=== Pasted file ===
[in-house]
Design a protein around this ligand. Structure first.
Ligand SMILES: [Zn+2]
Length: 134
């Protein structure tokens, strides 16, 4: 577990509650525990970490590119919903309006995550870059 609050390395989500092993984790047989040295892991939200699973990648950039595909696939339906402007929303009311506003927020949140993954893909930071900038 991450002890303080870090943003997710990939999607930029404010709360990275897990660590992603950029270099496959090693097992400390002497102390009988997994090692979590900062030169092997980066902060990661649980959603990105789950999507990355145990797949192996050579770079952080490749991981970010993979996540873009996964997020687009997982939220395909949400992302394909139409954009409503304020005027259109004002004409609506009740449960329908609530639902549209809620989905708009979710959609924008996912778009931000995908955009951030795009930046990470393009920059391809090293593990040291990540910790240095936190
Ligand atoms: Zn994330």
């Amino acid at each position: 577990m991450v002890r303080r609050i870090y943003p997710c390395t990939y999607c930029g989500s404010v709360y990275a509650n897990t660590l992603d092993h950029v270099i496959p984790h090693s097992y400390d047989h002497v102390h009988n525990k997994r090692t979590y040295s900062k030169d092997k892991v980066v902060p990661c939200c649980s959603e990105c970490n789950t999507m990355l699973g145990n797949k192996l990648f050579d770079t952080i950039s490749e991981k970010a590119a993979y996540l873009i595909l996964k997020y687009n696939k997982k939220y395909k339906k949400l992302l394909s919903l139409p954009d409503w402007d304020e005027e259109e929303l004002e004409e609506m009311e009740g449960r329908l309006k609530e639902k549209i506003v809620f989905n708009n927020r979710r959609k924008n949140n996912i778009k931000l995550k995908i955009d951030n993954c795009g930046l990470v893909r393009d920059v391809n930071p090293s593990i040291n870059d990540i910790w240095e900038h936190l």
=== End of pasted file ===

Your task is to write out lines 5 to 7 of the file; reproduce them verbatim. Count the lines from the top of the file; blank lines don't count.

């Protein structure tokens, strides 16, 4: 577990509650525990970490590119919903309006995550870059 609050390395989500092993984790047989040295892991939200699973990648950039595909696939339906402007929303009311506003927020949140993954893909930071900038 991450002890303080870090943003997710990939999607930029404010709360990275897990660590992603950029270099496959090693097992400390002497102390009988997994090692979590900062030169092997980066902060990661649980959603990105789950999507990355145990797949192996050579770079952080490749991981970010993979996540873009996964997020687009997982939220395909949400992302394909139409954009409503304020005027259109004002004409609506009740449960329908609530639902549209809620989905708009979710959609924008996912778009931000995908955009951030795009930046990470393009920059391809090293593990040291990540910790240095936190
Ligand atoms: Zn994330």
């Amino acid at each position: 577990m991450v002890r303080r609050i870090y943003p997710c390395t990939y999607c930029g989500s404010v709360y990275a509650n897990t660590l992603d092993h950029v270099i496959p984790h090693s097992y400390d047989h002497v102390h009988n525990k997994r090692t979590y040295s900062k030169d092997k892991v980066v902060p990661c939200c649980s959603e990105c970490n789950t999507m990355l699973g145990n797949k192996l990648f050579d770079t952080i950039s490749e991981k970010a590119a993979y996540l873009i595909l996964k997020y687009n696939k997982k939220y395909k339906k949400l992302l394909s919903l139409p954009d409503w402007d304020e005027e259109e929303l004002e004409e609506m009311e009740g449960r329908l309006k609530e639902k549209i506003v809620f989905n708009n927020r979710r959609k924008n949140n996912i778009k931000l995550k995908i955009d951030n993954c795009g930046l990470v893909r393009d920059v391809n930071p090293s593990i040291n870059d990540i910790w240095e900038h936190l």